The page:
DACA Reinstated Following Court Order

gavel on desk

New Applications and 2-Year Permit Renewals Available

As of December 7, 2020, the Department of Homeland Security (DHS) has been ordered to fully restore Deferred Action for Childhood Arrivals (DACA) to its status prior to a Trump administration rescinding effort that began in September of 2017. U.S. District Judge Nicholas G. Garaufis issued the decision, and DHS has thus far acquiesced, posting a public notice pursuant to the order that announces the reopening of new applications for the DACA program.

DACA, an initiative meant to shield undocumented immigrants who arrived to the United States as children from deportation efforts, has been the subject of numerous legal challenges and partisan battles. The program is especially vulnerable due to its being built on executive action versus a more permanent legislative solution ratified by Congress.

The Trump administration initially sought to bring an end to the program in late 2017, making good on a campaign promise to reduce immigration. This “sunsetting” effort resulted in the stoppage of all processing of new applications, shutting out potentially hundreds of thousands of immigrants who would have otherwise been eligible or DACA status. The attempted dismantling was predictably met with numerous legal objections, culminating in a Supreme Court hearing.

The Supreme Court ultimately ruled in a 5-4 decision that President Trump’s termination of the DACA program was unlawful, citing the “arbitrary and capricious” nature of the attempt. Conservative-leaning Chief Justice John Roberts joined his liberal colleagues in the decision, but the opinion heavily suggested that the Trump administration could likely successfully end the program if they attempted to do so through a more legally acceptable strategy.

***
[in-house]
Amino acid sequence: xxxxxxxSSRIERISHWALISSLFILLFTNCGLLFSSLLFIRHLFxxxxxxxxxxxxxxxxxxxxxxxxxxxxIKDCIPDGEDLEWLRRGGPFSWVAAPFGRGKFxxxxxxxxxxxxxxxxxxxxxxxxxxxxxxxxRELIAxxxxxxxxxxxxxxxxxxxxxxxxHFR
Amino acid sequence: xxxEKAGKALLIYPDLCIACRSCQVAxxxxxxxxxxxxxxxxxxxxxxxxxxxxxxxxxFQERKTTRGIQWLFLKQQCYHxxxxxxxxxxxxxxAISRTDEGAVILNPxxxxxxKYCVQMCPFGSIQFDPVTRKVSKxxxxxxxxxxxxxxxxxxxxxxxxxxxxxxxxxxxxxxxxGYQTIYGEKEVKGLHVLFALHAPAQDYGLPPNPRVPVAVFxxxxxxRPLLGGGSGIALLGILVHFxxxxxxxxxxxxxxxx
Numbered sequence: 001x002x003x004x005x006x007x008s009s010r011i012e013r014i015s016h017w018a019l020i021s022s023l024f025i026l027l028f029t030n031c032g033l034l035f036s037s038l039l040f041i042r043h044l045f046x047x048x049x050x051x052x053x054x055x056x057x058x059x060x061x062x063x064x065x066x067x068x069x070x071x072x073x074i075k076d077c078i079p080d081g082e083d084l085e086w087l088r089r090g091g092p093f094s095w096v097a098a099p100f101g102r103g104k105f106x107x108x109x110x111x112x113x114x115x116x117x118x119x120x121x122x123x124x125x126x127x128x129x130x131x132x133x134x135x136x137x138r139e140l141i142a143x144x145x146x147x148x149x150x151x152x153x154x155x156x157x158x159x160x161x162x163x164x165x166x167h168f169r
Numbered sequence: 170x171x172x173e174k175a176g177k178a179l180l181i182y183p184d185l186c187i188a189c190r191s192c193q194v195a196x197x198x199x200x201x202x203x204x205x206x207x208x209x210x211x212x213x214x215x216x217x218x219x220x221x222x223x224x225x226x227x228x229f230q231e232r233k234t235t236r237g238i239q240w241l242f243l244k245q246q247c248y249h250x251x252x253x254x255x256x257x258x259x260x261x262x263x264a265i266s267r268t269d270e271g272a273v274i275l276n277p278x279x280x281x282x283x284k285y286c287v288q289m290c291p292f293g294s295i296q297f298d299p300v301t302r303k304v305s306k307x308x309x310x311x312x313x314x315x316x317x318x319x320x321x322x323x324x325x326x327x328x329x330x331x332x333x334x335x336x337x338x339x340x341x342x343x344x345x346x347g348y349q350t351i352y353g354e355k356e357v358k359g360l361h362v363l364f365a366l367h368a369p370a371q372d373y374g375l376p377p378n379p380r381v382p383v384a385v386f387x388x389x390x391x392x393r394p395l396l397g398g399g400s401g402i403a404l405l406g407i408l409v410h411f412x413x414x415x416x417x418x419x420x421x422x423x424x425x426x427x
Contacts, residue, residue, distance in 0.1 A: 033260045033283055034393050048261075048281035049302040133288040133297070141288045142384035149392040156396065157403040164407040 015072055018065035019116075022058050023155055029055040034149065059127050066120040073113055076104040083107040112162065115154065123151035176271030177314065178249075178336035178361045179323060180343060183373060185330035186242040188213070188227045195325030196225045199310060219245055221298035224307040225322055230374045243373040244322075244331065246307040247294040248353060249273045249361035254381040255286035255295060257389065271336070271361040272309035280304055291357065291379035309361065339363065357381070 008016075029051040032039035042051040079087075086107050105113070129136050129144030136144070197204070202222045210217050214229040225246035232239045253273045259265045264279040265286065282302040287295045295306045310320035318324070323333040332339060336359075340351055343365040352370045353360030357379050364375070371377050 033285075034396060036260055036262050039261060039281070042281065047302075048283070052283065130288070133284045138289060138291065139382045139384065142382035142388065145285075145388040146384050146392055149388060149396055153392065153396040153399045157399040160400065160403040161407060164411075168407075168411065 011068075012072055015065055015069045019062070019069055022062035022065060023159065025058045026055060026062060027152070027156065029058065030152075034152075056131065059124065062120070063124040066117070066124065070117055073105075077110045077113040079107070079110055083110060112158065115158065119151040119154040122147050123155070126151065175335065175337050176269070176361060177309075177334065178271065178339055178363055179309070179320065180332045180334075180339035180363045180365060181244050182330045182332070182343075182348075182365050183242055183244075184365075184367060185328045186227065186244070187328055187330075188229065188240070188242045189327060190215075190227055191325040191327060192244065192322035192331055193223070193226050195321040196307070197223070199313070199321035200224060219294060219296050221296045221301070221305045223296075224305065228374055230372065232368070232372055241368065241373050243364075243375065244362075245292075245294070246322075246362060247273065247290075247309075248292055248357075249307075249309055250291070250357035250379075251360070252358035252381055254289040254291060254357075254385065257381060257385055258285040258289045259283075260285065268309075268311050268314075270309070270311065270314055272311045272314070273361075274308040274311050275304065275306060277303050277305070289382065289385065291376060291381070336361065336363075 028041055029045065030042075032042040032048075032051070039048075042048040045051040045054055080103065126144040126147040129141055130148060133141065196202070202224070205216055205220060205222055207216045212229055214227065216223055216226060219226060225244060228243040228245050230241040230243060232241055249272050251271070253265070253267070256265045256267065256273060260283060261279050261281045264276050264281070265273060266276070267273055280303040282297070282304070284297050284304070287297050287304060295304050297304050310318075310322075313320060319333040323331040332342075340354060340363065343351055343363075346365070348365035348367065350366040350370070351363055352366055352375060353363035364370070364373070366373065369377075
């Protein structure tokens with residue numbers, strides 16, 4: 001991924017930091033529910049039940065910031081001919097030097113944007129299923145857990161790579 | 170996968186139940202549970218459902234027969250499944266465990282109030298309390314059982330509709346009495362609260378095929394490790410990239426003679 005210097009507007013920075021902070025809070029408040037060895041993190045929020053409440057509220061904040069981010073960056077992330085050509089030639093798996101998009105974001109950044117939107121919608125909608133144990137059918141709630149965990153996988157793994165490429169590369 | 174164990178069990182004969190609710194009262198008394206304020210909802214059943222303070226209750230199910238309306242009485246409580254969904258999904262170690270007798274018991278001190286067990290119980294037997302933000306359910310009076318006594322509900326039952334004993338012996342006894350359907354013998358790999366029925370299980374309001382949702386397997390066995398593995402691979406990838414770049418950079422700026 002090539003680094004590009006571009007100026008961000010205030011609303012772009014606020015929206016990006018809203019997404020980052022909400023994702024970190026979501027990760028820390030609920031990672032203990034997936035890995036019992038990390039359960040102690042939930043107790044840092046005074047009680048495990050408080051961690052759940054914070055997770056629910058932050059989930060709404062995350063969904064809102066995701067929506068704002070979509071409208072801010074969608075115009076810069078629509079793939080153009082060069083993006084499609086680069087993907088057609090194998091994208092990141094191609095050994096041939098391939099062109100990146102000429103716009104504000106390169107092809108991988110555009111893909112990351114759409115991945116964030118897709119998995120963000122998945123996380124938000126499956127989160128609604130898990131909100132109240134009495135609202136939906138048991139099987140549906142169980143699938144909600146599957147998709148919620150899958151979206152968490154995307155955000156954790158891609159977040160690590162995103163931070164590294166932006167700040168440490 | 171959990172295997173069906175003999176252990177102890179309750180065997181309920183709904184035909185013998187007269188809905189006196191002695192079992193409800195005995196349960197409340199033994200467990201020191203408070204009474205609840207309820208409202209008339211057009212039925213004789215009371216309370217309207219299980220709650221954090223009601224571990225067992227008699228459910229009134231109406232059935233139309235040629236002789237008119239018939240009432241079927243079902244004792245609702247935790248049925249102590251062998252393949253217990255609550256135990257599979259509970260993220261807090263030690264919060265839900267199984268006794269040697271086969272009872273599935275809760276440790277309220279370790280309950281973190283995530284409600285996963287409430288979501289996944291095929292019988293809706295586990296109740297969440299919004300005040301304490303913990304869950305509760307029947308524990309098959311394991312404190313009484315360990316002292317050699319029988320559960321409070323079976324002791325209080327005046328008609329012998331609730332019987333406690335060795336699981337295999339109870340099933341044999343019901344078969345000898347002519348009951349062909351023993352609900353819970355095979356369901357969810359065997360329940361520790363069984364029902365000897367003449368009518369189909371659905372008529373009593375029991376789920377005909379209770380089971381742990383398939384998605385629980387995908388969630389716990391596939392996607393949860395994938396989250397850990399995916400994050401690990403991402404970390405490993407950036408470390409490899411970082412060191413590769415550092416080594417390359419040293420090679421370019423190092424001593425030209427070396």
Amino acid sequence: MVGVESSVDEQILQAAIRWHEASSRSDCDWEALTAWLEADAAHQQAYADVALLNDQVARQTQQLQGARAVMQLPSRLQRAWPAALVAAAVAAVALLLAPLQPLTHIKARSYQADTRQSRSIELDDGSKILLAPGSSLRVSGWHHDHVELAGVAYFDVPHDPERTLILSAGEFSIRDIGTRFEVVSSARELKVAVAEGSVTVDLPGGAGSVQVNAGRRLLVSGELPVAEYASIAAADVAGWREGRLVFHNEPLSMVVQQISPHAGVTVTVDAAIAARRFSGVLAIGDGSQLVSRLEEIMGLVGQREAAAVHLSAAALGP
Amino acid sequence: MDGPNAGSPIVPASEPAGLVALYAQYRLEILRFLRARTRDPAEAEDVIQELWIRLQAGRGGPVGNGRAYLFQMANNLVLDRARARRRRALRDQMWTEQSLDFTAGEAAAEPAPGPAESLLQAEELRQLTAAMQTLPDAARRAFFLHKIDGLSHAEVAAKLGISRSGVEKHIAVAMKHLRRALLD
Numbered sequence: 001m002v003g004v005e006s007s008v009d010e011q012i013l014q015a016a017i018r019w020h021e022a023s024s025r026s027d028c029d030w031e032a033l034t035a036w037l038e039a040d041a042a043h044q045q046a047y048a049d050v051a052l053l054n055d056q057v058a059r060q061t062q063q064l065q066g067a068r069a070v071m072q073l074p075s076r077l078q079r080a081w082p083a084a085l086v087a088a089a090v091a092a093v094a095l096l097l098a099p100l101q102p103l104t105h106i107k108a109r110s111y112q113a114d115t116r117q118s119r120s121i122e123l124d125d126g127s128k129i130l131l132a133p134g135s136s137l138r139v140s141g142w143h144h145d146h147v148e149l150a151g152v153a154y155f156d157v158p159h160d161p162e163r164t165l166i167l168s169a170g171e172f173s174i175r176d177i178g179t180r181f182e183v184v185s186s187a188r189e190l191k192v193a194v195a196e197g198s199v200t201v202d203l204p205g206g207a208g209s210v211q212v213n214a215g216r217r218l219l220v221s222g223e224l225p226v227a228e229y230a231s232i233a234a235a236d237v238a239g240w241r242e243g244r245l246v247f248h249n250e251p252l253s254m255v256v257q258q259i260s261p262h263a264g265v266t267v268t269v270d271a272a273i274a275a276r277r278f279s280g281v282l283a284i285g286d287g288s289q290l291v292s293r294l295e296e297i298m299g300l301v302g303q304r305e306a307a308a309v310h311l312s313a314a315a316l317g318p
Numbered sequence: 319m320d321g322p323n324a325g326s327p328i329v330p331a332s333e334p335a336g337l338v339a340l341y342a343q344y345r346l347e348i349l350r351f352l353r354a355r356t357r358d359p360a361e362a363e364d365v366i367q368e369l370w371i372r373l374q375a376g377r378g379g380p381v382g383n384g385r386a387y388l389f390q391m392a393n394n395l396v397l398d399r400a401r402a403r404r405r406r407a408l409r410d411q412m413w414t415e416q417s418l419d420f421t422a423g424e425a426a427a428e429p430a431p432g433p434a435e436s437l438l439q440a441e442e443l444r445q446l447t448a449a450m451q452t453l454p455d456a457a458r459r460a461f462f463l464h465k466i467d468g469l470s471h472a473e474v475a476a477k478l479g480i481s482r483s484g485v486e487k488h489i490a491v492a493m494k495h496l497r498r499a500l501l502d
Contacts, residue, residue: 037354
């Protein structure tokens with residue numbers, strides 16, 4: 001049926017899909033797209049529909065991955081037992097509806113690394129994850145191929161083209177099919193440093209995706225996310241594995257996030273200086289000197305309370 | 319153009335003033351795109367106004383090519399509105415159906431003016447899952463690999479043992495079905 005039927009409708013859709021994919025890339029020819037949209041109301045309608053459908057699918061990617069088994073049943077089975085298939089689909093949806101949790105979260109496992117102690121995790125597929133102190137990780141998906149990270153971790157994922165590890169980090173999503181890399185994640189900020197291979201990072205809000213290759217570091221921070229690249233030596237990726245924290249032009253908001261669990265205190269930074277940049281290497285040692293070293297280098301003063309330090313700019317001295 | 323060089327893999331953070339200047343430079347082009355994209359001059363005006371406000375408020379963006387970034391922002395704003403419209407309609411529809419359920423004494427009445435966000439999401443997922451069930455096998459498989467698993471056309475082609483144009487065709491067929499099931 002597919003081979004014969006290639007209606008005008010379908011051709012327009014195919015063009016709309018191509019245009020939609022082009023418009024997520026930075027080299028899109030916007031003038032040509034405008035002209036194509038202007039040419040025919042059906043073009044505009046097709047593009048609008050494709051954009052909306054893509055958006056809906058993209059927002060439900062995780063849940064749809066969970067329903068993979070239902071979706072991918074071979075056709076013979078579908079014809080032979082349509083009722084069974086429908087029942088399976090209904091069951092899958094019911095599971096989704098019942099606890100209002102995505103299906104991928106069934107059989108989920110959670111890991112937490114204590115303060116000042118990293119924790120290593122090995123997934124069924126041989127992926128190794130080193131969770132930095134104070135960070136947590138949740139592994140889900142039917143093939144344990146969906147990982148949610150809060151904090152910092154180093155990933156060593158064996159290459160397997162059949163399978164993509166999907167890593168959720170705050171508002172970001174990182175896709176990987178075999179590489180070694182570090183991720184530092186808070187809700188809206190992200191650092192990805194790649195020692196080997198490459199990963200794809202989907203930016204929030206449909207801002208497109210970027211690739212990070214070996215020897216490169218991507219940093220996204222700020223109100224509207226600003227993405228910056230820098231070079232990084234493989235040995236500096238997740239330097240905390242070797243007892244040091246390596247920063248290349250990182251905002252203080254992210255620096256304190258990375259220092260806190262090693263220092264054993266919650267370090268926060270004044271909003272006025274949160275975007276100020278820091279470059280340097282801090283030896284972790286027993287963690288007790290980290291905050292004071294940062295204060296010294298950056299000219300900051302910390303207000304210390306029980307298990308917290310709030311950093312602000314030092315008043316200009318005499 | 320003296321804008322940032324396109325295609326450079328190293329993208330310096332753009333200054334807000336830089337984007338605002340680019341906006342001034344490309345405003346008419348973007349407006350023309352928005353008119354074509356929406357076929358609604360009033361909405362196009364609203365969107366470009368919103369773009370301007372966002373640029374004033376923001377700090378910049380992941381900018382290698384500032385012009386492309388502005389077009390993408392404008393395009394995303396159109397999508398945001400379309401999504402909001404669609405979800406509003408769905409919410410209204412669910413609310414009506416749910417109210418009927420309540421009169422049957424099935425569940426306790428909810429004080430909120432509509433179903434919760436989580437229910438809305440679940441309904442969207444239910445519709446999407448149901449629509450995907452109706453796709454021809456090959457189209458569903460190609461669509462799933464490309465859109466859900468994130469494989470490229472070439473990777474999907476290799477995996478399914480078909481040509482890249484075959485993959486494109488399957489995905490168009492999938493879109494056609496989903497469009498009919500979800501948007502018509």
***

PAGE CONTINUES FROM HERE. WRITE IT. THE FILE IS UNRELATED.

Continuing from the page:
Despite this ruling and an ordered reinstatement, the Trump administration continued to put up stiff resistance and ordered new restrictions. Acting Homeland Security Secretary Chad Wolf, who had not been confirmed by the Senate, issued a memo in July of 2020 that claimed DHS would “thoughtfully consider” the future of DACA following the Supreme Court loss. As part of this “consideration,” United States Citizenship and Immigration Services (USCIS) announced it would continue to not accept new DACA applications or advanced parole requests. Work permits, which were previously issued for 2-year terms, would now be reduced to a term of 1 year.

These actions, seemingly in defiance of the Supreme Court decision, contributed to the legal action that ultimately resulted in Judge Garaufis’s December decision ordering the full reinstatement of the program. The court ruled that because Chad Wolf had not been properly or lawfully assumed his position, his July memo was null and void.

As a result of this recent court decision, the following DACA program elements have been restored:

  • USCIS is now accepting new applications for DACA enrollment, including from those who have never applied before
  • 2-Year work authorizations will now be issued
  • Those who were granted 1-year work authorizations in the interim period will have those permits extended to 2 years
  • Advanced Paroles will now be granted for international travel